NEW YORK, NY -- When we look at Eugène Boudin’s work, we instinctively associate him with the Impressionists. Here are the same delicious touches of the brush, the same plein-air atmosphere, the same feeling of capturing the “impression” of a passing moment. However, although Boudin took part in the first Impressionist exhibition in 1873, he never thought of himself as a rebel against the classic traditions of French painting.
Boudin was something of a late bloomer. Born in Honfleur on the Norman coast in 1824, he only began to study painting formally in 1850, when he was already 26. This was in the Paris studio of the Romantic history painter Eugène Isabey, a thoroughly established artist who enjoyed the patronage of the French royal family. Ever convivial, Boudin also made friends with a number of other artists during the 1850s, and he learned from all of them. Among these was the Dutch landscape painter Johan Jongkind – a fellow student in Isabey’s atelier – who first encouraged him to paint outdoors, a practice that Boudin soon embraced with enthusiasm.
To supplement his income, he began to make trips home to Normandy to paint the delightful beach scenes that became his stock in trade and remain his best known works today. On a trip to Le Harvre around 1856 he met Claude Monet, still a teenager, who had been studying drawing at a local art school. Sixteen years older than Monet, Boudin played an avuncular role in Monet's life, introducing him to oil painting and persuading him to turn his hand to landscapes. The two remained lifelong friends.
Boudin was fascinated by several themes to which he returned repeatedly throughout his life. These include not only his iconic beach scenes, but also views of ports, river landscapes and market scenes, one of which will be offered at Doyle on September 17, 2020.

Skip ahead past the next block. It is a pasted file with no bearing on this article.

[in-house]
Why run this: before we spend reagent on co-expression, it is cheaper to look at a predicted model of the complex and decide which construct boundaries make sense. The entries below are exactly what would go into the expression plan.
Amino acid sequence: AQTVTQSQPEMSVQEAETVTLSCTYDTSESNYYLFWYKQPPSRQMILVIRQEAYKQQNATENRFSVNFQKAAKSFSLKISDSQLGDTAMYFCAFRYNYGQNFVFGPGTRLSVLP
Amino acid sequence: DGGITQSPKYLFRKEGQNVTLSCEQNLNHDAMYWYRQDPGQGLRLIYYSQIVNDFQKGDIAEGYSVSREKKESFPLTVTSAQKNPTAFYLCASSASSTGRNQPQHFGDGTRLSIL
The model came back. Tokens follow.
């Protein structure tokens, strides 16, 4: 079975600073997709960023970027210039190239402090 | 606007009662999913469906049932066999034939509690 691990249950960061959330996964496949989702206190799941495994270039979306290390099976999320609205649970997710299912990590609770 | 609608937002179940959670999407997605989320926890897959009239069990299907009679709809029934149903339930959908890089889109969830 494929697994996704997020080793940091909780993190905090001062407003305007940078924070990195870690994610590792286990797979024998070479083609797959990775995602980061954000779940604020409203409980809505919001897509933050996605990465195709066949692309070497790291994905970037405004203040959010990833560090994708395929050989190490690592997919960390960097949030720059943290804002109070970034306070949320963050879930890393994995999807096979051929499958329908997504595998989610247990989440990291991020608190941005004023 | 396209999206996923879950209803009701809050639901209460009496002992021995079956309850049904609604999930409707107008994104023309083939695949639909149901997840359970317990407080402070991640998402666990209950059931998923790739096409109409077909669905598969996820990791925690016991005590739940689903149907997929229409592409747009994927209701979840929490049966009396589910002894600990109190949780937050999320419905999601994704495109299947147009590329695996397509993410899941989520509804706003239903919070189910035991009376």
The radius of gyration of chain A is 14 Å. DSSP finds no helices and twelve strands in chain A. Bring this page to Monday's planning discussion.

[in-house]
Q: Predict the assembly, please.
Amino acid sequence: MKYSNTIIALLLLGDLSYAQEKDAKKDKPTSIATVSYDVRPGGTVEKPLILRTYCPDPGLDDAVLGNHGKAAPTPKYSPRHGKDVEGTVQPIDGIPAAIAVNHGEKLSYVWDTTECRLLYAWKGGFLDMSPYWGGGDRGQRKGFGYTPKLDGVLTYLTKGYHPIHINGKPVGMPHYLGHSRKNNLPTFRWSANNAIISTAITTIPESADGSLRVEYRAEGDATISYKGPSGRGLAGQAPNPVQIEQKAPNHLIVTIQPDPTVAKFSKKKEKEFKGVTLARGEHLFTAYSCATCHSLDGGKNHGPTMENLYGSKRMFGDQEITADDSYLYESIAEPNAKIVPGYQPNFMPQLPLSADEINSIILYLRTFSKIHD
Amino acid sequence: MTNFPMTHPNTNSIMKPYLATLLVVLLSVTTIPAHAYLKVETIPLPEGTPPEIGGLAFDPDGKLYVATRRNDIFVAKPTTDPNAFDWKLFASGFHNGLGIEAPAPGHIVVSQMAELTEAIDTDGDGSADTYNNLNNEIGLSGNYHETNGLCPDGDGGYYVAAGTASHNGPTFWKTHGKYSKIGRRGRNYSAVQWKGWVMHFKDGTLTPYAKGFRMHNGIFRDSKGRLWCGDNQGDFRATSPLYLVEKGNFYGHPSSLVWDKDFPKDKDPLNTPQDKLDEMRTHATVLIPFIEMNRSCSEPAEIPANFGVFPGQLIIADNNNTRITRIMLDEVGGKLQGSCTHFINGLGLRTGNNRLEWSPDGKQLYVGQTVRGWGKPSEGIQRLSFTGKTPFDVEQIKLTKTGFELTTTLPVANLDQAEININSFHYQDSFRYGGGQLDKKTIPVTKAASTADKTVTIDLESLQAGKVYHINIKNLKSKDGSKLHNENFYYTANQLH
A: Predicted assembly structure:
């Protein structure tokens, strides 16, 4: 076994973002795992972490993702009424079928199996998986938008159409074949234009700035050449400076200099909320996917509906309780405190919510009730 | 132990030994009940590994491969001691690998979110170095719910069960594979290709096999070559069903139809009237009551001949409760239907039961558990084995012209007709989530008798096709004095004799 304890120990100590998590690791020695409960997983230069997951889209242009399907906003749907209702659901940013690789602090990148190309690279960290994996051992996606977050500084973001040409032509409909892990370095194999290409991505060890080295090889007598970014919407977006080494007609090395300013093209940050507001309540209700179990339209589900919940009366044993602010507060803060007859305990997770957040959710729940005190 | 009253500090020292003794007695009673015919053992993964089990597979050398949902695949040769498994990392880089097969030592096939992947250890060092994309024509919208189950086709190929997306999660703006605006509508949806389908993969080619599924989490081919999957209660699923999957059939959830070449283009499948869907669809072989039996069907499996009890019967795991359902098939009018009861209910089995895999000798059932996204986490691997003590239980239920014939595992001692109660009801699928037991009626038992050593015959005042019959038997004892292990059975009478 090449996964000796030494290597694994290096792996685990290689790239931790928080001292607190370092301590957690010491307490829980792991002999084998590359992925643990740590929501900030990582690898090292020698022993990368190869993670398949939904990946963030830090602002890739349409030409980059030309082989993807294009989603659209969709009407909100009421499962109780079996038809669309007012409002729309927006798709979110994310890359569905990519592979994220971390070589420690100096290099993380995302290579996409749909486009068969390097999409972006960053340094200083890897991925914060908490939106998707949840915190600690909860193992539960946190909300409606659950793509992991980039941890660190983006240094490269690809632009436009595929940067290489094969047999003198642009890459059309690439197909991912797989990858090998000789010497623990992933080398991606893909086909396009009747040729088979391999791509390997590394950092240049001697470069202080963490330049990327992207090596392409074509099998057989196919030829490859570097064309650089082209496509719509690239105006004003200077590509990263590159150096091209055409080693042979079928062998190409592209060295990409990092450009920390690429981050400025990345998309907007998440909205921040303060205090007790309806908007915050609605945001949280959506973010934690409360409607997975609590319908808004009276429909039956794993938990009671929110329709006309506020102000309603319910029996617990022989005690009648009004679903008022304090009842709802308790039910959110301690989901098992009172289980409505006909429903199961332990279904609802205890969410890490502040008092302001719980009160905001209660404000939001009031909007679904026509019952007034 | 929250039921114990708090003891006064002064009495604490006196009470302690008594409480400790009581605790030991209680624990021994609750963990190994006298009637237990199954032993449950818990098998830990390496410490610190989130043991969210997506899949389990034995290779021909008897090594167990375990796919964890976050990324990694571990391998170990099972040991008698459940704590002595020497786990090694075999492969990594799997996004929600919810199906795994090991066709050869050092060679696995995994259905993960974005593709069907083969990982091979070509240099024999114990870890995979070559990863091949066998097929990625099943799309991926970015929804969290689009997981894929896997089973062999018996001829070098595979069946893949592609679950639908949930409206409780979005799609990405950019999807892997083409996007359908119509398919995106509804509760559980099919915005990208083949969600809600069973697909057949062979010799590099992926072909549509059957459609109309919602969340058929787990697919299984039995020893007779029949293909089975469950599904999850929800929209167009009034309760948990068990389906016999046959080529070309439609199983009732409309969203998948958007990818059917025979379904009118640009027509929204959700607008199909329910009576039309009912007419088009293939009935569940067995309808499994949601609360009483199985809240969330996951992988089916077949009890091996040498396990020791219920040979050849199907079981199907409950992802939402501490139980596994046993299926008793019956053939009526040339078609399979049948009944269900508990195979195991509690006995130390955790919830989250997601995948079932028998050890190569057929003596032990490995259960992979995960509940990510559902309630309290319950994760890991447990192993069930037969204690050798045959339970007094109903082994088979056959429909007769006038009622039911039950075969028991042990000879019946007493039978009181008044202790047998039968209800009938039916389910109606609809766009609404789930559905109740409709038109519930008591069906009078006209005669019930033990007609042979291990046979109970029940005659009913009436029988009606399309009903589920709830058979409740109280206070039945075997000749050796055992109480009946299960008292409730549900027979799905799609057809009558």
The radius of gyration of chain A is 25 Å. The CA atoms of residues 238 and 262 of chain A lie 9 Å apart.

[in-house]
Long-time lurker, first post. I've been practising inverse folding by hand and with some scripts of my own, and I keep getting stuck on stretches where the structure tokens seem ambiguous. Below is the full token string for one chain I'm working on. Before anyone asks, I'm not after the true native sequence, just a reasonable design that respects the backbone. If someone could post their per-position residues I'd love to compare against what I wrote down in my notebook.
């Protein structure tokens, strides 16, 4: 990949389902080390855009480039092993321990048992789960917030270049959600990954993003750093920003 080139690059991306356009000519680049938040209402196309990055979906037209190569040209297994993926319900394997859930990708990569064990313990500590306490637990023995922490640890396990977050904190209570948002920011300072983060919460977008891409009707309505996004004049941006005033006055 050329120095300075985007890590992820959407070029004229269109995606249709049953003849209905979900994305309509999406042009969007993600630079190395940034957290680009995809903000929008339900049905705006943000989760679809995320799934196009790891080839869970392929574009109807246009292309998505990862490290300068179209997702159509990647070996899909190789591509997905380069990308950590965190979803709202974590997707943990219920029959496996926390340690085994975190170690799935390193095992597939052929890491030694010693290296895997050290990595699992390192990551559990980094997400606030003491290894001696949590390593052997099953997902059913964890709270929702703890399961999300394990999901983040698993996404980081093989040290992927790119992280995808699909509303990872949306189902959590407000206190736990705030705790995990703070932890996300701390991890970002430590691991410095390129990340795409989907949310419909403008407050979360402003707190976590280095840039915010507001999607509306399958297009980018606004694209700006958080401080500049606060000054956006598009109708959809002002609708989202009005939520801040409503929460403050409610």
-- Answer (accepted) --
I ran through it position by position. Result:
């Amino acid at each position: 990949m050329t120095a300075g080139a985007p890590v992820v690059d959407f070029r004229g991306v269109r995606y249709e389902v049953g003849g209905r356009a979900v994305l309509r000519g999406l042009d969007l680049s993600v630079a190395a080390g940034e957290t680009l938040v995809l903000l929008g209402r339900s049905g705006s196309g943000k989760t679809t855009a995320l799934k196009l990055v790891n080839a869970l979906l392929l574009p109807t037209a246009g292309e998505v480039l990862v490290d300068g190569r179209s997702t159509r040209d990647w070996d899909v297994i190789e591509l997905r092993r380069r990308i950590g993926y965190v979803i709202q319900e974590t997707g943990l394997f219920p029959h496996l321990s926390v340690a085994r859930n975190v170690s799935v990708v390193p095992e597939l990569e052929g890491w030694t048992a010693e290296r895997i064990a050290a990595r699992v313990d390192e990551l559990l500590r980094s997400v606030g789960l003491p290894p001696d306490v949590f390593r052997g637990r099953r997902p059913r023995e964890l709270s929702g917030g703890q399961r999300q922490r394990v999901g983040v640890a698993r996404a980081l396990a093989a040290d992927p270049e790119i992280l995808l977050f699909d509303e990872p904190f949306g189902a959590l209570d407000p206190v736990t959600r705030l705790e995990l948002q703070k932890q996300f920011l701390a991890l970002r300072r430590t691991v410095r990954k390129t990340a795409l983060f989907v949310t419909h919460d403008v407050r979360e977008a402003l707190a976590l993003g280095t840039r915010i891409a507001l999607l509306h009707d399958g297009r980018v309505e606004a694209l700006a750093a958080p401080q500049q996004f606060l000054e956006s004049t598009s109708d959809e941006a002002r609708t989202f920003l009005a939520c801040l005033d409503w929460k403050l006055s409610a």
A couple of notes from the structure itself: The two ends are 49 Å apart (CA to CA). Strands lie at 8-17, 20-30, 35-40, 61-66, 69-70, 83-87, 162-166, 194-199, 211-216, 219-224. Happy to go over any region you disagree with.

Le Marché, circa 1888-1895, is a striking example of its type. Although the exact setting is not certain, it bears a resemblance to a number of views that the artist painted of the fish market at Trouville over a period of years. As with so many of Boudin’s paintings, the composition is essentially horizontal, but it is articulated and enlivened with emphatic vertical forms. On the left of this scene a massive building rises like a cliff on one side of the square while on the right a tall thicket of trees faces it across that open space, which is filled with people coming to market. As in almost all of Boudin’s depictions of crowds, the activity takes place at some distance from the viewer, and the people shown are turned away, oblivious to our observation of them. The setting and the figures are laid out in small, rapid strokes, which create a scintillating feeling of movement.
Is this Impressionism? Not quite. We can see so much here that prefigured that style. What we don’t see are the chromatic juxtapositions that ushered in the new world of Impressionist color. But we do see something marvelous. The people who fill this bustling market seem to be an emanation of the natural world, like the sea and the sky. They embody the restless movement, the ancient ebb and flow of the tides of human life.
A highlight of the Important Paintings auction on September 17, 2020 is Le Marché, circa 1888-1895, from the Collection of Dr. Abraham & Carolyn Schlossman.